"In my 11 years with Bon Secours I've talked with thousands of employees, including top leaders and housekeepers," he said. "A lot of it is simply teaching people self-respect. The more attention employees pay to quality of care — which includes serving good food and keeping the hospital clean — the more they'll respect themselves. And vice versa."

"A Deep Belief System"
But this emphasis on quality in the practical aspects of healthcare does not mean that BSHS has abandoned the religious sense of mission, said Harkness. "Most of our employees aren't Catholic. And it's been a long time since a Bon Secours facility had a sister as its chief executive officer, although there are still some sisters serving as BSHS vice presidents and as presidents of local boards.

"But our leadership, though now mostly lay, remains dedicated to the sisters' legacy. If you're going to work with us, you've got to understand that religious motivation is a key BSHS operating principle. We're into this because of a deep belief system — the sisters' and our own."

As members of a Catholic ministry, BSHS leaders see their role as healing, not proselytizing, Harkness said. "But we hold ourselves to a very high Gospel standard, to treat all people with respect, to deliver the best help we can in caring for the whole person, and to serve those most in need, despite their inability to pay."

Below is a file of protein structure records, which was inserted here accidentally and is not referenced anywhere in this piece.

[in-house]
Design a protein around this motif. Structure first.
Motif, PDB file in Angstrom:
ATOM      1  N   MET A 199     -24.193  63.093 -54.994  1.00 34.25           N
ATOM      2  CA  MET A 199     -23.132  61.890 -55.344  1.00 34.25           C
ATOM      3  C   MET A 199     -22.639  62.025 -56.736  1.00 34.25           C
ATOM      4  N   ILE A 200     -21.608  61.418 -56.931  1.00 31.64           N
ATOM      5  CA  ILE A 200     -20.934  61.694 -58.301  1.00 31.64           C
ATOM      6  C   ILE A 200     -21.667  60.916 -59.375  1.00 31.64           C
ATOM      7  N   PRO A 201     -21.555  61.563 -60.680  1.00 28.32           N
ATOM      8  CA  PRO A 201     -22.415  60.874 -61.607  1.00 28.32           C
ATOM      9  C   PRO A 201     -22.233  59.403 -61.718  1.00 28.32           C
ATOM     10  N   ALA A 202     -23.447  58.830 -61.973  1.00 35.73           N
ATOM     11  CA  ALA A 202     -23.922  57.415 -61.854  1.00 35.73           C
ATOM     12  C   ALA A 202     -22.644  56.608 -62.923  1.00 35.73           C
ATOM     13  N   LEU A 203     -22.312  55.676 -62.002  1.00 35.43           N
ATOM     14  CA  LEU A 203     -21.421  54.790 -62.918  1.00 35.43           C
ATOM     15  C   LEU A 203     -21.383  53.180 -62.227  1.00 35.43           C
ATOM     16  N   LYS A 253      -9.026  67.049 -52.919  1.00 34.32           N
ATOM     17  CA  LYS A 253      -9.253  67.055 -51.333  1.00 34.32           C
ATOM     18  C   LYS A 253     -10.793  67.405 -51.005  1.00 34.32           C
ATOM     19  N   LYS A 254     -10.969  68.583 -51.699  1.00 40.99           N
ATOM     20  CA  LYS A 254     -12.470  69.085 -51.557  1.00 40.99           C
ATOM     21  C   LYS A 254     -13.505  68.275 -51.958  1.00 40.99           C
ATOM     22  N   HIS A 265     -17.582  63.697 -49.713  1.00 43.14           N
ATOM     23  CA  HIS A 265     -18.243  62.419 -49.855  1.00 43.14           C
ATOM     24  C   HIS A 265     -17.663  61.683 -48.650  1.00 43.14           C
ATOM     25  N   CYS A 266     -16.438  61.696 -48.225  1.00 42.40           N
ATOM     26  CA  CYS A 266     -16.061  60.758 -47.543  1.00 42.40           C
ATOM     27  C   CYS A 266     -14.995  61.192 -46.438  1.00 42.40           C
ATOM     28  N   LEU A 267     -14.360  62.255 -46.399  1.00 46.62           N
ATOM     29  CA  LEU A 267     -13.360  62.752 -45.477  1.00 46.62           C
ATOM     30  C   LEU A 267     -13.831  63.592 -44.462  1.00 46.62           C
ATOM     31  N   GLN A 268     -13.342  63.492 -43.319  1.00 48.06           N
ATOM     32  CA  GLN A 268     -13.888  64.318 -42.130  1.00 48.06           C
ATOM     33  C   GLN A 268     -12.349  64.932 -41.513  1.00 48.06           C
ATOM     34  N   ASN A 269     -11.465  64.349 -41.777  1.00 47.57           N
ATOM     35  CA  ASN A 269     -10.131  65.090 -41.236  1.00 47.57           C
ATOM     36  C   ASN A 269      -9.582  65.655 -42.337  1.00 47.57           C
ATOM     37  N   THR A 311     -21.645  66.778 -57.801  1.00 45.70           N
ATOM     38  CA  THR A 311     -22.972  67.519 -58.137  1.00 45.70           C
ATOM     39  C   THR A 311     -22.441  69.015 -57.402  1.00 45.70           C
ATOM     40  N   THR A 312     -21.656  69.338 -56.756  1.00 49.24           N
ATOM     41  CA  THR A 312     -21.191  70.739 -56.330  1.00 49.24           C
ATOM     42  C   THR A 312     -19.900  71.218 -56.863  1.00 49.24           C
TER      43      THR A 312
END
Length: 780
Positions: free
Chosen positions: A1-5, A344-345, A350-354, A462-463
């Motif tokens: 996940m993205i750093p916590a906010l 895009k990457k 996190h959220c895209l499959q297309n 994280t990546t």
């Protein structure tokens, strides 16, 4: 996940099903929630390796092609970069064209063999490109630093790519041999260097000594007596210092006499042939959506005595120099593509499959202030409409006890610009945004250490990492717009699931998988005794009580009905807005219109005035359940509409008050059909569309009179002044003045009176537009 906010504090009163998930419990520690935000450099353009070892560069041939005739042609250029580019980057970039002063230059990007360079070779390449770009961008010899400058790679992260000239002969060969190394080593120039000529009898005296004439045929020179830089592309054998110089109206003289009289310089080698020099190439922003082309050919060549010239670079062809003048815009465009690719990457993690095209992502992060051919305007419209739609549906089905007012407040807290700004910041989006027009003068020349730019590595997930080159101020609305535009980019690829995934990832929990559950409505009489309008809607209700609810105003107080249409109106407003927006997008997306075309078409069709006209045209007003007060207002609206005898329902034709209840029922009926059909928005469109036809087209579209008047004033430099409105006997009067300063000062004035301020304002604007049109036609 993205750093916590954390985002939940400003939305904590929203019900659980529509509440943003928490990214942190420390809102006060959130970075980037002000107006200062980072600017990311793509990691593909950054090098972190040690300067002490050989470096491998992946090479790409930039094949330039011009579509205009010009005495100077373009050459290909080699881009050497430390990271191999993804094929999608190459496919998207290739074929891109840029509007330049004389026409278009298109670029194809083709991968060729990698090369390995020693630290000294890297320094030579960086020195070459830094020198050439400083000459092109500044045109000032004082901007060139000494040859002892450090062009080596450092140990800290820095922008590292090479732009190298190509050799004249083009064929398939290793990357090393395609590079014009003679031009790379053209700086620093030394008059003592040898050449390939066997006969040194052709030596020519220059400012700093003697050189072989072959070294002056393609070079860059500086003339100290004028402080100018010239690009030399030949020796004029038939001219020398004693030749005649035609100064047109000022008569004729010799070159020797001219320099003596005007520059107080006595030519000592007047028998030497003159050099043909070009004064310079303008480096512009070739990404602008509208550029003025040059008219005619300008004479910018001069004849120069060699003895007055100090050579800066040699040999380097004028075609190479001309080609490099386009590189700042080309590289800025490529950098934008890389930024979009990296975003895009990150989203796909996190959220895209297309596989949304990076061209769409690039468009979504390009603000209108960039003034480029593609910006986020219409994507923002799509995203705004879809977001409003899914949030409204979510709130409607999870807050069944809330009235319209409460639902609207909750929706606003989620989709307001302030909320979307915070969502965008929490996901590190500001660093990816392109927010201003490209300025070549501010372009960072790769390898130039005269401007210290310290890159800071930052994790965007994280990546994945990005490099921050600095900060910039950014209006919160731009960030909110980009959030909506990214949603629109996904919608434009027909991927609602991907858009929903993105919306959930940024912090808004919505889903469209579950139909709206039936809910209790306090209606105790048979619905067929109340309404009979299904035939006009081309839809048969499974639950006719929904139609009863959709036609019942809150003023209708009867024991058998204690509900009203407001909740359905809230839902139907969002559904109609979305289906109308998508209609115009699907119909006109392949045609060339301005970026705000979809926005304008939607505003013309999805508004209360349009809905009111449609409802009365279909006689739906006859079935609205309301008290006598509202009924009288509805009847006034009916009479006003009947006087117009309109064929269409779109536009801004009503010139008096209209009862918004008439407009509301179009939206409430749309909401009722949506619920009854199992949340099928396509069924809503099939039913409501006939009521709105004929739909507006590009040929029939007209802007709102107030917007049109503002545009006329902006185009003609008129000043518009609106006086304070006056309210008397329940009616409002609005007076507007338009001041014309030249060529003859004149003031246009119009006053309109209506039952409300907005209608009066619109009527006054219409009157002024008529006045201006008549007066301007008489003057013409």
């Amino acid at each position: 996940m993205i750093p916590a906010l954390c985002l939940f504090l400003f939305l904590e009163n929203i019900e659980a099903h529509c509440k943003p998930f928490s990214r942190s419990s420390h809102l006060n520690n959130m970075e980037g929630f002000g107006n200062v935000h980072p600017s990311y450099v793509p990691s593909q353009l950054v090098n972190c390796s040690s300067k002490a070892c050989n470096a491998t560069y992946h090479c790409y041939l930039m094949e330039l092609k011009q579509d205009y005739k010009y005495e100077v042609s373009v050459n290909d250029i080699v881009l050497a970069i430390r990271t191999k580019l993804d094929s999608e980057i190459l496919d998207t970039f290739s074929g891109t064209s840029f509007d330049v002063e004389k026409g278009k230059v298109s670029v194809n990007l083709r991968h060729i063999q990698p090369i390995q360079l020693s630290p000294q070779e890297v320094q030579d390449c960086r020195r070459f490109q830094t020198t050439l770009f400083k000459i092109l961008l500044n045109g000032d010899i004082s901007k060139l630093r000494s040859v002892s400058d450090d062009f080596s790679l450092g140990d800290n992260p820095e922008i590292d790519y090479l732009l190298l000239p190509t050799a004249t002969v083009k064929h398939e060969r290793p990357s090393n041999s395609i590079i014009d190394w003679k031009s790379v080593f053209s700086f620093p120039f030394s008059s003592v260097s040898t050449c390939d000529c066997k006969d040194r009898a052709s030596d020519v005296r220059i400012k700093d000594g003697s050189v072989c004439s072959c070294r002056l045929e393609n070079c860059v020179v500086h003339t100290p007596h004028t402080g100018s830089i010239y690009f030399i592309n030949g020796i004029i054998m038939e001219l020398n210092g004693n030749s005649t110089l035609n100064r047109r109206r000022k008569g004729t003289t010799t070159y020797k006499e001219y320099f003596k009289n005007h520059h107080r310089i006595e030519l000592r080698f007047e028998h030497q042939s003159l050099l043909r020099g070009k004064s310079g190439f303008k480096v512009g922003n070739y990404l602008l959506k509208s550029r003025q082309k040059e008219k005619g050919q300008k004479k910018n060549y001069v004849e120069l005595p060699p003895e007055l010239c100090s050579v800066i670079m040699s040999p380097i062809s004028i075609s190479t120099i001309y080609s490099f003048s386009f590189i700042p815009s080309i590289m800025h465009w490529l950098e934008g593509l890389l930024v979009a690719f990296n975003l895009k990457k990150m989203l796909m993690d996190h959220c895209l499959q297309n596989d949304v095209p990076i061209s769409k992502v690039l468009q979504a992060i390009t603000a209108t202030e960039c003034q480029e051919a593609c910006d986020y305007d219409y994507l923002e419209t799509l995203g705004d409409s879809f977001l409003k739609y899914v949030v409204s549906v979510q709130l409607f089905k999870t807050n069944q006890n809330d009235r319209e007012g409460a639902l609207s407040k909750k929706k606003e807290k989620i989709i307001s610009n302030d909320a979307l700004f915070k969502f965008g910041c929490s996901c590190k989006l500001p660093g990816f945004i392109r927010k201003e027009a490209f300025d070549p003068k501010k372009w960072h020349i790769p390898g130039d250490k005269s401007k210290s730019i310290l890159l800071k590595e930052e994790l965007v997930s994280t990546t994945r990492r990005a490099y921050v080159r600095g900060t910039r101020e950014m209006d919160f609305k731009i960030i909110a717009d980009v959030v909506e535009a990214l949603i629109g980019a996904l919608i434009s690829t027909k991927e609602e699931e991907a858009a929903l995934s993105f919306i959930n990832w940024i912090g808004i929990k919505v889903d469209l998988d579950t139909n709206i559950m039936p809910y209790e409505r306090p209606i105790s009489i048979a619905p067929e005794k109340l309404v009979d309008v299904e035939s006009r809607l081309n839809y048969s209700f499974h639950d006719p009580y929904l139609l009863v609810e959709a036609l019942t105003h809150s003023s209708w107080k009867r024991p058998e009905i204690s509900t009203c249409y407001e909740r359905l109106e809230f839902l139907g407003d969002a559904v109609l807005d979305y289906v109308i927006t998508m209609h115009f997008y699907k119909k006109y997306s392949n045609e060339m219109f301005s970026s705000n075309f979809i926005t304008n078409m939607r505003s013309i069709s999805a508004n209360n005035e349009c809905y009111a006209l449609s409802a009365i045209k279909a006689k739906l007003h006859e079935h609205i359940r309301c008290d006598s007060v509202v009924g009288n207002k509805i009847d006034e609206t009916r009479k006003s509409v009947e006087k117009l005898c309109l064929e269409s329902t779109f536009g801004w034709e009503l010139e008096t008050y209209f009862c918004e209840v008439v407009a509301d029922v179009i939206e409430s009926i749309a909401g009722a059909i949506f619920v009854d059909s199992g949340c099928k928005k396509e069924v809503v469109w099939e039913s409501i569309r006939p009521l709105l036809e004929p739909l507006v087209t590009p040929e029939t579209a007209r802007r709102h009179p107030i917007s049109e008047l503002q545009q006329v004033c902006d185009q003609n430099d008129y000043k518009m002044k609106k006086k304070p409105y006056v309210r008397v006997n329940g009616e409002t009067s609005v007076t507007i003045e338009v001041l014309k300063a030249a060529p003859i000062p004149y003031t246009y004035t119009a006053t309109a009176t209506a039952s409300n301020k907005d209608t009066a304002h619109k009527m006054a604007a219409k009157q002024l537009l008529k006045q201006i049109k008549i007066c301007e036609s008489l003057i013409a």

Catholic healthcare is traditionally built around the idea of spiritual, holistic care, said Harkness. "Bon Secours offers service to the community based on religious values." He said that BSHS leaders applauded the speech in which Card. Joseph Bernardin defended not-for-profit healthcare ("Making the Case for Not-for-Profit Healthcare," 1995). "Bon Secours folks are staunch believers in the notion that healthcare is not a commodity."

Harkness said he is heartened by the fact that, in the 1990s, Catholic healthcare facilities are making strong efforts to identify with and serve their local communities. Catholic hospitals, which originally were integral parts of their cities and neighborhoods, later seemed to draw into themselves, he said. "But now, even though we have fewer sisters, we are once again seeing ourselves as part of the community, rather than as separate institutions. We are learning to listen better and to reach out to meet community needs."

BSHS and Outreach